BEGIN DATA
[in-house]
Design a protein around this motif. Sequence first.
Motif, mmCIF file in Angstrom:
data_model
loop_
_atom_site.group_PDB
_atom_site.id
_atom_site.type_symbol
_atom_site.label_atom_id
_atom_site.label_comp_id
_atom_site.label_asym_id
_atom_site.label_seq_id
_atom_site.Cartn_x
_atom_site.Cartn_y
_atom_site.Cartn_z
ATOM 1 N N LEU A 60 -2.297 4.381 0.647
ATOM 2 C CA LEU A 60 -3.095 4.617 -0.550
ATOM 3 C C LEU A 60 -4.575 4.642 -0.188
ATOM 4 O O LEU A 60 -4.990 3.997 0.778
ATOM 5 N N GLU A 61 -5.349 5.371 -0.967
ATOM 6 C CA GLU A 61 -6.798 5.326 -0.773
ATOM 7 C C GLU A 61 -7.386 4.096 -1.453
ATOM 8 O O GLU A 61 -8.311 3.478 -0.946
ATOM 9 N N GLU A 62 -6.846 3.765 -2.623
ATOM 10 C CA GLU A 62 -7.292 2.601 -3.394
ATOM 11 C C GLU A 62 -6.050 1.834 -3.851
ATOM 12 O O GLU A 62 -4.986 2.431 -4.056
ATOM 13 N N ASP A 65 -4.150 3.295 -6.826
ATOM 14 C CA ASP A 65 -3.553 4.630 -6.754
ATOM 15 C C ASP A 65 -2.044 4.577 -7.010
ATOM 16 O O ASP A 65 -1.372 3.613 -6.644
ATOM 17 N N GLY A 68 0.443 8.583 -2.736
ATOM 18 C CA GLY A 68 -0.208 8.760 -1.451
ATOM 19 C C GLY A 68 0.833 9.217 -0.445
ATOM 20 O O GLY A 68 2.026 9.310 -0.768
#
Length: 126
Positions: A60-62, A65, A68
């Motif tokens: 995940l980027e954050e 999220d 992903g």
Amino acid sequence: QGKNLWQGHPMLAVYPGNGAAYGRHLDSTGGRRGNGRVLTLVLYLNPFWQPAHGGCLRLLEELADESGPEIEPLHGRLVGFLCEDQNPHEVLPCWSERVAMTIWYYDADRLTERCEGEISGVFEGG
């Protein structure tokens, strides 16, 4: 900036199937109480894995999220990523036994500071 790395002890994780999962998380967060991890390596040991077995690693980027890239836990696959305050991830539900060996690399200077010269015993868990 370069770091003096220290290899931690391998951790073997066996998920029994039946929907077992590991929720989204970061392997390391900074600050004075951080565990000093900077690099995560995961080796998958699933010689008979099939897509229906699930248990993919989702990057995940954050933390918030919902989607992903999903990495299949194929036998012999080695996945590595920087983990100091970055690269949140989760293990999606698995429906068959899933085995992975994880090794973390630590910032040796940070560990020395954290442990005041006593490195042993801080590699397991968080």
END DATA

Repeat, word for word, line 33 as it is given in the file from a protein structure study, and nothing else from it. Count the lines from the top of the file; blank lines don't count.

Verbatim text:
ATOM 18 C CA GLY A 68 -0.208 8.760 -1.451